1) The five-factor personality model is most centrally based on
- athe actual words found in dictionaries that people use to describe one another.
- btest items written by a commission of psychologists appointed by the American Psychological Association.
- ctest items drawn from across the scales of Eysenck, Cattell, and others.
- dcomputer models of personality systems and their interactions.
2) As neurons leave the retina, they fire in particular patterns of which we are unaware and unconscious. This is an example of
- aa process that we have not learned to recognize (i.e., a lack of education).
- ba process to which we have no access (i.e., the unconscious proper).
- ca process that is divided (i.e., divided consciousness).
- da process that is unnoticed (i.e., a person pays no attention to it).
3) The two-trait factor model extracted by Eysenck included
- apleasant-unpleasant mood; extroversion-introversion.
- bextraversion-neuroticism; high-low intelligence.
- chigh-low intelligence; neuroticism-stability.
- dextraversion-introversion; neuroticism-stability.
4) In Mischel and Shoda’s cognitive-affective personality system (CAPS), ________ are emotions and related feelings in response to people, situations, and their outcomes.
5) Structural models that highlight degrees of mental awareness
- aprovide important explanations of how action takes place.
- bhave not yet demonstrated their importance.
- cspeak directly to the central issue of self-knowledge.
- dare of little importance beyond their historical significance (Freud pioneered them).
6) Personality structure is important because
- ait connects personality to the urban environment.
- bit helps to organize and classify the many parts of personality.
- cit directly describes the way personality changes, evolves, and develops.
- dthere is no evidence, as of yet, that studies of personality structure are critical to the field, though such studies hold some promise for assisting scientists in the future.
7) Unconscious influences that occur because they are unnoticed can best (most easily) be made conscious through
- crepeating behaviors.
- dno process yet known. They cannot be made conscious.
8) Three “brains” that make up the human brain, and that each took on different functions during animal evolution, are
- athe genetic, cellular, and structural brains.
- bthe reptilian, old mammalian, and neo-mammalian brains.
- cthe paleontological, mammalianal, and anthropological brains.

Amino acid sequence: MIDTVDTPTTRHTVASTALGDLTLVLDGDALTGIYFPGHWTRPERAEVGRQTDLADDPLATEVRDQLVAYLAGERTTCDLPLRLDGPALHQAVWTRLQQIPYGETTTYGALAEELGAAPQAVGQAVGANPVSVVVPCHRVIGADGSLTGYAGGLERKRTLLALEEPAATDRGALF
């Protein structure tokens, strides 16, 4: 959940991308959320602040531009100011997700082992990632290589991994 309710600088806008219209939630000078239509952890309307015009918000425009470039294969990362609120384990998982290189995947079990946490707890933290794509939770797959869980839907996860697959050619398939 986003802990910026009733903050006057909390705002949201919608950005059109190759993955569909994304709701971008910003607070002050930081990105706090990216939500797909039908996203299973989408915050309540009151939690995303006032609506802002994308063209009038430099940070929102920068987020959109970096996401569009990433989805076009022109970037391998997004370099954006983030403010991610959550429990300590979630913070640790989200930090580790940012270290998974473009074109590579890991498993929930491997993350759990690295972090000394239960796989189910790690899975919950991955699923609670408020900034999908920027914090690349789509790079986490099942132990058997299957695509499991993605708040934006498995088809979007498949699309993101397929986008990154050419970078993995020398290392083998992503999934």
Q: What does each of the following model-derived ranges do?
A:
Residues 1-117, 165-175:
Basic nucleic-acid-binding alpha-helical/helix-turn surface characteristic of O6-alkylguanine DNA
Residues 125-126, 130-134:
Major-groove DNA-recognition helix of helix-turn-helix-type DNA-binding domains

- dthe seminal, cerebeliar, and cerebral brains.
9) The trilogy of mind refers to
- aself, world, and self-in-world.
- bmotivation, emotion, and cognition.
- cpreconscious, conscious, and unconscious.
- did, ego, and superego.
10) Personality structure can help
- arelate personality to the environment.
- borganize personality traits.
- cdescribe the person in a more balanced fashion.
- dall of the above.
11) Personality structures accomplish what?
- ahelp psychologists organize personality’s many parts
- bupdate psychodynamic theory so that it can still be useful today
- chelp keep an individual’s personality fashionable
- dweigh the relative merits of psychodynamic and social cognitive theories
12) In Mischel and Shoda’s cognitive-affective personality system (CAPS), ________ are the categories into which people, situations, and events are sorted.
13) One reason there are multiple versions of personality structure is that
- adifferent structural divisions of the mind can be useful for different purposes.
- bpersonality is constantly shape-shifting, morphing into something else, and developing new qualities.
- cin case one structural model gets lost, others can be used.
- ddynamic actions change the personality from one structure to another.
14) A supertrait or big trait is
- aany trait that a person scores very highly on.
- bany member of a set of three or fewer traits.
- ca trait that organizes a number of more specific traits within it.
- donly those five traits that are members of the Big Five.
15) Personality structure refers to
- athe relatively enduring, stable areas that are inside personality or that connect it to the environment.
- bthe dynamic changing cycles and actions of personality that represent why it is always different and evolving.
- cthe ways in which personality develops over time.
- dmany very different ideas; unfortunately, psychologists cannot agree as to a definition of structure.